McElroy made an appointment to see Frank Golbransen, the orthopedic surgeon at UCSD. Once a top Army surgeon, the big ruddy Swede specialized in amputations. Golbransen passed him. As for the agilities test, he’d already taken the test to get his job back. He knew of no one who had to take the test a second time. But the chief was clear.

The Federal Fire Service requires that all applicants for firefighting take the Physical Agilities Test. McElroy says some of the test involved hoisting a fully charged (filled with water) 11˝ hose across his shoulders, running up to a 6-foot wall, tossing the hose over the wall, then climbing the wall and picking up the hose. Other challenges included carrying the charged hose while running toward and climbing a 30-foot ladder; while walking across a 10-foot-long, 6-inch-wide balance beam; and while running through a series of rubber tires.

In March, after an absence of more than six months, McElroy returned to the firehouse. In April he received medical approval to return to firefighting. In May he passed his first agilities test. Now a fire room was set up for his second test.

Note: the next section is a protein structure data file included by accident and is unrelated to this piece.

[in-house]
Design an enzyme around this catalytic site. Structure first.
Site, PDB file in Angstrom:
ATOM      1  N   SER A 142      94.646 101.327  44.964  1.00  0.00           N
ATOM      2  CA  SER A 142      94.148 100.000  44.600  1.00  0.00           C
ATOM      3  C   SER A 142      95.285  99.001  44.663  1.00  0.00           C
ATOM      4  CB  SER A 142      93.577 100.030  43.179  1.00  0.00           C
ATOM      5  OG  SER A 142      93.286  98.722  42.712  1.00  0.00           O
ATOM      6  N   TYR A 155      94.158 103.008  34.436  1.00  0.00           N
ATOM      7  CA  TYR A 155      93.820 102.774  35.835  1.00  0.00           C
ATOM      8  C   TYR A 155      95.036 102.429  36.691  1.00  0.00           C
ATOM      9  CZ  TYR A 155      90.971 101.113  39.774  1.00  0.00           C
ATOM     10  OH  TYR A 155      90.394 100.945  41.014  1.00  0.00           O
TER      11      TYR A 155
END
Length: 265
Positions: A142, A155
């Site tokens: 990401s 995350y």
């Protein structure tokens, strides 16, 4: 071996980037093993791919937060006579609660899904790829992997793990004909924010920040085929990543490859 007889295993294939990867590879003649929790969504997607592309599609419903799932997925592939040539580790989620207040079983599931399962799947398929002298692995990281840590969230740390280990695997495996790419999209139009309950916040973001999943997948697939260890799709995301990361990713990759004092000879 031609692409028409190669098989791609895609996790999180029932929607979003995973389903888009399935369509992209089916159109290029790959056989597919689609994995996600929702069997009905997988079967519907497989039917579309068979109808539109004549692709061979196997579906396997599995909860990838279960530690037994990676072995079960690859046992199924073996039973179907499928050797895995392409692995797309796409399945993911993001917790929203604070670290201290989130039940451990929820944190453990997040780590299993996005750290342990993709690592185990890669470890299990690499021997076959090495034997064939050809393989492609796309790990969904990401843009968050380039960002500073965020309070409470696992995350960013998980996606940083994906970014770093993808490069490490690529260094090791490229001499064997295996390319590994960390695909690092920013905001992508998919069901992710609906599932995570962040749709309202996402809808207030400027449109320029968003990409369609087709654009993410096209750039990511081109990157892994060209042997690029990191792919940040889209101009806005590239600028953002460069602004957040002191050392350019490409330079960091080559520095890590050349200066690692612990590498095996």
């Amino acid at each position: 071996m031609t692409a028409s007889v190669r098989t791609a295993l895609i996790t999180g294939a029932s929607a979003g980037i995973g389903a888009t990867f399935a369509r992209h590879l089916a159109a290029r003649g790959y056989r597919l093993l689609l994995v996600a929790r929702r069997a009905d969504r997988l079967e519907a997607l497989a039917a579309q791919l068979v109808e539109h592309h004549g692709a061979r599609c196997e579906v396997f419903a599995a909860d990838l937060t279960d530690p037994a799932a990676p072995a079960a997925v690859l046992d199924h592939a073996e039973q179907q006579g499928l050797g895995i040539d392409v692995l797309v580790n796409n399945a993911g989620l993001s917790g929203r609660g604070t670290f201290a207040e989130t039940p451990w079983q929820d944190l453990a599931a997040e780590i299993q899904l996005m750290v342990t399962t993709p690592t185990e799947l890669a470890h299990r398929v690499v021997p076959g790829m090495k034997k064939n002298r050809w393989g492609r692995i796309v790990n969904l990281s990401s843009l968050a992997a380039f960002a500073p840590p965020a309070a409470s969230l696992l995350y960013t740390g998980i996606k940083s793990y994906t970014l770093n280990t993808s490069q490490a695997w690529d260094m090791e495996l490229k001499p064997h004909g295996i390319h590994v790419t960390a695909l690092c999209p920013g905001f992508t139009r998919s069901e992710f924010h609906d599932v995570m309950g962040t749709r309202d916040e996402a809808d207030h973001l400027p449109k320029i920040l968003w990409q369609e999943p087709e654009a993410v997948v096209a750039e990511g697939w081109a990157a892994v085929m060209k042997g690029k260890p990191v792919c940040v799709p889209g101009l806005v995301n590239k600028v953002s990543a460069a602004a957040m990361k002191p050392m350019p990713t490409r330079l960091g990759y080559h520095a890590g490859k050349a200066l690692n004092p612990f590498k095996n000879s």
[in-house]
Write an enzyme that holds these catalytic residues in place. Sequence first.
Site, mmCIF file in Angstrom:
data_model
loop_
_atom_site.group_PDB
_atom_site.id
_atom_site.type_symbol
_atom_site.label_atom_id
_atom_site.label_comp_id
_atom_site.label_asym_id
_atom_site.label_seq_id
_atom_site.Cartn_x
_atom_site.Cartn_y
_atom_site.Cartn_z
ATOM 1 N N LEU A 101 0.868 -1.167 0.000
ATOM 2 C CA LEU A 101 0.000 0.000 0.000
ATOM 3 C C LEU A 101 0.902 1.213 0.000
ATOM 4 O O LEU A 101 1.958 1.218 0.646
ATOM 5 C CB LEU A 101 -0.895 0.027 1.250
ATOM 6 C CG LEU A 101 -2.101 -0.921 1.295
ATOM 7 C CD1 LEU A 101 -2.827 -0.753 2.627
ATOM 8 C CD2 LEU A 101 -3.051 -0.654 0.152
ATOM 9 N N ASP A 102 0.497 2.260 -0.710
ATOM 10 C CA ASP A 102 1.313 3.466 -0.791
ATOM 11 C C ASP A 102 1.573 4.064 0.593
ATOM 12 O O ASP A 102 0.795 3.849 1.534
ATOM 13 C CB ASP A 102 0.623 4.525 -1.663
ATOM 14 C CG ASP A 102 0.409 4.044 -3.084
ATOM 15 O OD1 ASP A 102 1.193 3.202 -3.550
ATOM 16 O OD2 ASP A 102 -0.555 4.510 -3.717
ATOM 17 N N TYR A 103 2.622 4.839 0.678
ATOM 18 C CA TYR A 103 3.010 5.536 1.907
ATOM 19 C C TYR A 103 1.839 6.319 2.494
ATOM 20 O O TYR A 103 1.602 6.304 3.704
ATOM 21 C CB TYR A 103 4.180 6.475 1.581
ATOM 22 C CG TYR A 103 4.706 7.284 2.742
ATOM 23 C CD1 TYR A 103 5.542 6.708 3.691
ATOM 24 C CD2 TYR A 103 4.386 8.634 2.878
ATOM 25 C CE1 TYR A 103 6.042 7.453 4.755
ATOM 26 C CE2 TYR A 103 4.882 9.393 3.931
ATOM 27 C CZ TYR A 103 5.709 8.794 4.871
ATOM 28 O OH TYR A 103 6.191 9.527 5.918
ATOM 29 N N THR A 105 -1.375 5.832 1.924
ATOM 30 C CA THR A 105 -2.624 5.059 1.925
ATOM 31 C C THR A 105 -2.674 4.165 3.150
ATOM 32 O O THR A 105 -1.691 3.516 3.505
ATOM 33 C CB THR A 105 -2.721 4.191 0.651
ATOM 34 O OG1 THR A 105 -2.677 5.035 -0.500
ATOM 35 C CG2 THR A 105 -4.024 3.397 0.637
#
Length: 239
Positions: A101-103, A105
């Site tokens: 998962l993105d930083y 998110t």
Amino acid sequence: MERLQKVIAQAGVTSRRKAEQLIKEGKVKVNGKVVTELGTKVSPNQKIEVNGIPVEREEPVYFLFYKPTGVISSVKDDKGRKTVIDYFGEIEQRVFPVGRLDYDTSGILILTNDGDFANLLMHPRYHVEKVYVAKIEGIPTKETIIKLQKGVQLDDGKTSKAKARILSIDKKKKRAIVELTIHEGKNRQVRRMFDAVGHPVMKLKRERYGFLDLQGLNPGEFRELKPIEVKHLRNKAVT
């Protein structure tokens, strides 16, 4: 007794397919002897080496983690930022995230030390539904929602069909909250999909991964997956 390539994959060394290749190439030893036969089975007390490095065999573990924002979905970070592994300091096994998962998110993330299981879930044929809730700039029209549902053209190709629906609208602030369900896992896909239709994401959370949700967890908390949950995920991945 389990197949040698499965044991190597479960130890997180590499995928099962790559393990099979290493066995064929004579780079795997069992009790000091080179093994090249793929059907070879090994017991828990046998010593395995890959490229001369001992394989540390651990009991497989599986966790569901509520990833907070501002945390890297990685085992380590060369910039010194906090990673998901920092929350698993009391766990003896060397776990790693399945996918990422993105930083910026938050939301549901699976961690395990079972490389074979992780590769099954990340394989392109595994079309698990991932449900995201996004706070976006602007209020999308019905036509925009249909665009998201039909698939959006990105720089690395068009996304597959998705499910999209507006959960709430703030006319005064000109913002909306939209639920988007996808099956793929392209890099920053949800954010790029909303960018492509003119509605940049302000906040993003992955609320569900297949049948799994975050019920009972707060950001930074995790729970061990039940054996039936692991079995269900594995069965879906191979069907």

McElroy remembers the asphalt was blistering hot on North Island that June afternoon. He wore his full firefighter gear with breathing apparatus and an oxygen tank on his back. He was carrying a two-inch fully charged hose (with one gallon of water weighing eight pounds, the hose weighed hundreds of pounds). He approached the building for what is called an “initial attack.”

McElroy says several fire officials were watching from a distance: a battalion chief, an assistant chief, a representative from the union (the International Association of Fire Fighters, Local No. F-33), and an engine captain who served as proctor.

“Who’s going in with me?” McElroy said, looking around.

Carrying the hose, he went into the building darkened to approximate a smoke-filled room (called “the black room”).

“I found the ‘victim,’ ” McElroy says he called out. “What do you want me to do?”

The “victim,” a dummy, had been stashed inside the room. In this test, the fireman was expected to locate it and bring it out. The proctor, he said, told him to bring it out.

“What about the hose?”

“Bring that out too.”

He did it — and more. He “laddered” a building — usually a two-man job — pulling a 35-foot extension ladder off a truck and setting it up against a building.

He passed this second test (and with it was returned to active, full-time service). He also filed an EEO (Equal Employment Opportunity) complaint in which he argued that he’d been discriminated against. But federal employees, he learned, are not covered by the Americans with Disabilities Act. The judge threw his complaint out.

The next year, 1996, the Lions Clubs of San Diego voted McElroy Firefighter of the Year. He was also the country’s first one-legged professional firefighter as well as the only one-legged Infantry soldier in the Army Reserves.